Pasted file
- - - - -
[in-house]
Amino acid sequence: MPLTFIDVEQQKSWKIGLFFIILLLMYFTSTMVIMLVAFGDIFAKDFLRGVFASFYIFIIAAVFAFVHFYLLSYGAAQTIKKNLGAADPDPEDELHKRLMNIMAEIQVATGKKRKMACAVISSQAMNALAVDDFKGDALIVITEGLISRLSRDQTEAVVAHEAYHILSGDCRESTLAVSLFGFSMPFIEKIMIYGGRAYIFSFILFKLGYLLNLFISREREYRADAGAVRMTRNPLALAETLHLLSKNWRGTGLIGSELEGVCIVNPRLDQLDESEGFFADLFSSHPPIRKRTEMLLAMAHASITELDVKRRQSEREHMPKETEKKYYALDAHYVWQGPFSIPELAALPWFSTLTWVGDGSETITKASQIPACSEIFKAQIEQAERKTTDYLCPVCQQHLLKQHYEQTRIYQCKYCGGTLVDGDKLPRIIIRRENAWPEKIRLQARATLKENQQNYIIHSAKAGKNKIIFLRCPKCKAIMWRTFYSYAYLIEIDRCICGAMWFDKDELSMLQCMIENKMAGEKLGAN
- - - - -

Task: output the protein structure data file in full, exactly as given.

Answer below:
[in-house]
Amino acid sequence: MPLTFIDVEQQKSWKIGLFFIILLLMYFTSTMVIMLVAFGDIFAKDFLRGVFASFYIFIIAAVFAFVHFYLLSYGAAQTIKKNLGAADPDPEDELHKRLMNIMAEIQVATGKKRKMACAVISSQAMNALAVDDFKGDALIVITEGLISRLSRDQTEAVVAHEAYHILSGDCRESTLAVSLFGFSMPFIEKIMIYGGRAYIFSFILFKLGYLLNLFISREREYRADAGAVRMTRNPLALAETLHLLSKNWRGTGLIGSELEGVCIVNPRLDQLDESEGFFADLFSSHPPIRKRTEMLLAMAHASITELDVKRRQSEREHMPKETEKKYYALDAHYVWQGPFSIPELAALPWFSTLTWVGDGSETITKASQIPACSEIFKAQIEQAERKTTDYLCPVCQQHLLKQHYEQTRIYQCKYCGGTLVDGDKLPRIIIRRENAWPEKIRLQARATLKENQQNYIIHSAKAGKNKIIFLRCPKCKAIMWRTFYSYAYLIEIDRCICGAMWFDKDELSMLQCMIENKMAGEKLGAN